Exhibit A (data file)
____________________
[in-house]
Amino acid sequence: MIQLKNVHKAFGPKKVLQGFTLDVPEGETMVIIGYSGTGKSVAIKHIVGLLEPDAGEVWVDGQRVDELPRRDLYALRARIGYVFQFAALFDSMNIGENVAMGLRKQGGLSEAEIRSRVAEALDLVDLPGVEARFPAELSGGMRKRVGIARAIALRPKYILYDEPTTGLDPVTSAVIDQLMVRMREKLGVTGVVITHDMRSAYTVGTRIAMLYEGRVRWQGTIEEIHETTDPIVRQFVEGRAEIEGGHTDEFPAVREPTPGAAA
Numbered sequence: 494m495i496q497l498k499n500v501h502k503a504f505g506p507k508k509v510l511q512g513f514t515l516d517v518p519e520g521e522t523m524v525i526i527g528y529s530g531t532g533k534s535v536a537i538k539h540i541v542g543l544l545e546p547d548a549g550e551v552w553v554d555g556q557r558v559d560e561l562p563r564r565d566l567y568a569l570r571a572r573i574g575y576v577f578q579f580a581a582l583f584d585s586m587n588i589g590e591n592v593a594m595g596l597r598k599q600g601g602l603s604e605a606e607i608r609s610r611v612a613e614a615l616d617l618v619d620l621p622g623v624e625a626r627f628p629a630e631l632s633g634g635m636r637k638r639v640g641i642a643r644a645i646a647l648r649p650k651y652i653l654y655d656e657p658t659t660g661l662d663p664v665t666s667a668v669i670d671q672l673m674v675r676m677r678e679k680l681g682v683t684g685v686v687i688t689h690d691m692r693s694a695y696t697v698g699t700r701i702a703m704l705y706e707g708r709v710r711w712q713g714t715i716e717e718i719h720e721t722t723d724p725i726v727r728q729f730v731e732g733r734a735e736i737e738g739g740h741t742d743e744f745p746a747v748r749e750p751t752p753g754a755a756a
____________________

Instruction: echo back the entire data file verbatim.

[in-house]
Amino acid sequence: MIQLKNVHKAFGPKKVLQGFTLDVPEGETMVIIGYSGTGKSVAIKHIVGLLEPDAGEVWVDGQRVDELPRRDLYALRARIGYVFQFAALFDSMNIGENVAMGLRKQGGLSEAEIRSRVAEALDLVDLPGVEARFPAELSGGMRKRVGIARAIALRPKYILYDEPTTGLDPVTSAVIDQLMVRMREKLGVTGVVITHDMRSAYTVGTRIAMLYEGRVRWQGTIEEIHETTDPIVRQFVEGRAEIEGGHTDEFPAVREPTPGAAA
Numbered sequence: 494m495i496q497l498k499n500v501h502k503a504f505g506p507k508k509v510l511q512g513f514t515l516d517v518p519e520g521e522t523m524v525i526i527g528y529s530g531t532g533k534s535v536a537i538k539h540i541v542g543l544l545e546p547d548a549g550e551v552w553v554d555g556q557r558v559d560e561l562p563r564r565d566l567y568a569l570r571a572r573i574g575y576v577f578q579f580a581a582l583f584d585s586m587n588i589g590e591n592v593a594m595g596l597r598k599q600g601g602l603s604e605a606e607i608r609s610r611v612a613e614a615l616d617l618v619d620l621p622g623v624e625a626r627f628p629a630e631l632s633g634g635m636r637k638r639v640g641i642a643r644a645i646a647l648r649p650k651y652i653l654y655d656e657p658t659t660g661l662d663p664v665t666s667a668v669i670d671q672l673m674v675r676m677r678e679k680l681g682v683t684g685v686v687i688t689h690d691m692r693s694a695y696t697v698g699t700r701i702a703m704l705y706e707g708r709v710r711w712q713g714t715i716e717e718i719h720e721t722t723d724p725i726v727r728q729f730v731e732g733r734a735e736i737e738g739g740h741t742d743e744f745p746a747v748r749e750p751t752p753g754a755a756a